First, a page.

I remember watching a show that I liked that was broadcast without commercial interruption. I wanted to get a snack, but didn’t want to miss anything (and I didn’t have Tivo). I found myself wishing for commercial breaks.

    Now, with the DVR, I find that the breaks get extended as each family member gets up to do more and more break related activities. It would be nice to have the old enforcement of the end of break time provided by more reasonably scheduled commercial breaks.

    And, of course, once in a while the commercials were more entertaining than the show.

  5. While ads annoy me, I can believe the interruption part. When I watch TV series/movies with a friend of mine, we tend to pause it a lot to discuss it (or stuff that comes to our mind because of it). Which makes my girlfriend hate watching anything with the two of us. 🙂

  6. Speaking of “enhanced,” I figure y’all in Texas would know all about the woman that was just in the news today…

  7. Back in “my day” (barefoot, in the snow, uphill both ways) your favorite prime time program lasted almost the full 60 minutes – commercials came on at 15 minute intervals and lasted only a couple of minutes.  Nowadays, thank heaven for the DVR so I don’t have to watch live TV.   I can see the television from my bathroom, and I’ve thought ahead and gone to the kitchen before sitting down to watch – – I don’t need the interruptions to “enhance my viewing pleasure.”


    It’s really telling when you watch an older program on DVD, without commercials, and you see just how long the episodes were. Compare that to a new program today, and you’re lucky an hour long show lasts 45 minutes.

    And just WHERE do these couples find all the bathtubs?  And what good is Cialus if they’re in seperate tubs?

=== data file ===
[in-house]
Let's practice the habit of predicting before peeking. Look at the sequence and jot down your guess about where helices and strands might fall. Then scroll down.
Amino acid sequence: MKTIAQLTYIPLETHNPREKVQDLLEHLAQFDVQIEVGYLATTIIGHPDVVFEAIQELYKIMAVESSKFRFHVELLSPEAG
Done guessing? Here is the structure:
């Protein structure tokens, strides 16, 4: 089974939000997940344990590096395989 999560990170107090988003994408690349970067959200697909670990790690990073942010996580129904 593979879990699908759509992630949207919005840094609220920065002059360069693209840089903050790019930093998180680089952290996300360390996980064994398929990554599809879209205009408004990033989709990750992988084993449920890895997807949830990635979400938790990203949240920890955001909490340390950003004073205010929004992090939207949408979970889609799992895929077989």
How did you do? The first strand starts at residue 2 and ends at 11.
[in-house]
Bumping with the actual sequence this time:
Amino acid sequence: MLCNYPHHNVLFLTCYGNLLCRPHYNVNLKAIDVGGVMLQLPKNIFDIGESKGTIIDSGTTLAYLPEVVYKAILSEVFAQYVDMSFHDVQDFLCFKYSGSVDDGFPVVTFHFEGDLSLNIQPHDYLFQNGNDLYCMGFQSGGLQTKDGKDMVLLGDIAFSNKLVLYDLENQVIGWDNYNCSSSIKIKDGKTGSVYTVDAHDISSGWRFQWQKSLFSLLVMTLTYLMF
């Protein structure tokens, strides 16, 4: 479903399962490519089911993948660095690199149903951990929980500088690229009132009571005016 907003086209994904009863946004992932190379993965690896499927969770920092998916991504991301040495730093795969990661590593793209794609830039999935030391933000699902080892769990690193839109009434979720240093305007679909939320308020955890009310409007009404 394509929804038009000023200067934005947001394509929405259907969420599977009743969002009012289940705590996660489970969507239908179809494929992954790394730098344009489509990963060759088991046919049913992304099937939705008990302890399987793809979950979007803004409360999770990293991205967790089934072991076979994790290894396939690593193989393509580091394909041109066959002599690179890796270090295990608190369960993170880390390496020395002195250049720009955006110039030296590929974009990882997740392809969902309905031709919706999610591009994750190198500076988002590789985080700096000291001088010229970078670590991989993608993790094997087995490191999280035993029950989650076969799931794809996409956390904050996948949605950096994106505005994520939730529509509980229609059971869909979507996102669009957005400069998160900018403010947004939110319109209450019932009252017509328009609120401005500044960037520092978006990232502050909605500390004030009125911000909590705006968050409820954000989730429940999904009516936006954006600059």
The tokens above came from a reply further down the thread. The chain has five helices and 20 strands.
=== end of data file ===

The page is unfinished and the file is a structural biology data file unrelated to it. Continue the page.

8. The only time I actually see commercials is when I am so eager to watch the show that I actually watch it from the DVR. Otherwise when I view it after I have recorded it (better word would be ARCHIVED it) I have tools that automatically strip out the commercials.

    I actually agree with (Steve Brandt ) though. Commercials used to be fun when they were spaced out amongst the show close to where most would need a break for the bathroom etc. In fact I remember “back in the day” there were usually three, five minute commercial breaks. Now I think the standard is five, three minute breaks? Yeah thats too much.

    Please don’t cite the “but commercials pay for the TV show” argument. My house, my rules. WORD!

  9. Pete Tzinski // February 6, 2009 at 9:35 pm //

    I wind up agreeing too. There were was a period there when my wife and I would watch TV in the bedroom, when we had TV in our bedroom. And unlike our living room box, which has a DVR, the TV in the bedroom had nothing fancy. Which meant that we had to watch the show as it aired. And it had commercials. That we couldn’t fast forward through.

    And actually, we noticably enjoyed it. During commercials, we’d get up and get food, or mute and talk, or read for a few minutes, or rush to the bathroom, and so on. And it was sort of nice.

    BUT…it was hardly nice enough to make us say “Away with you, filthy DVR box!” or anything. So I agree, but it’s a fairly pointless agreement.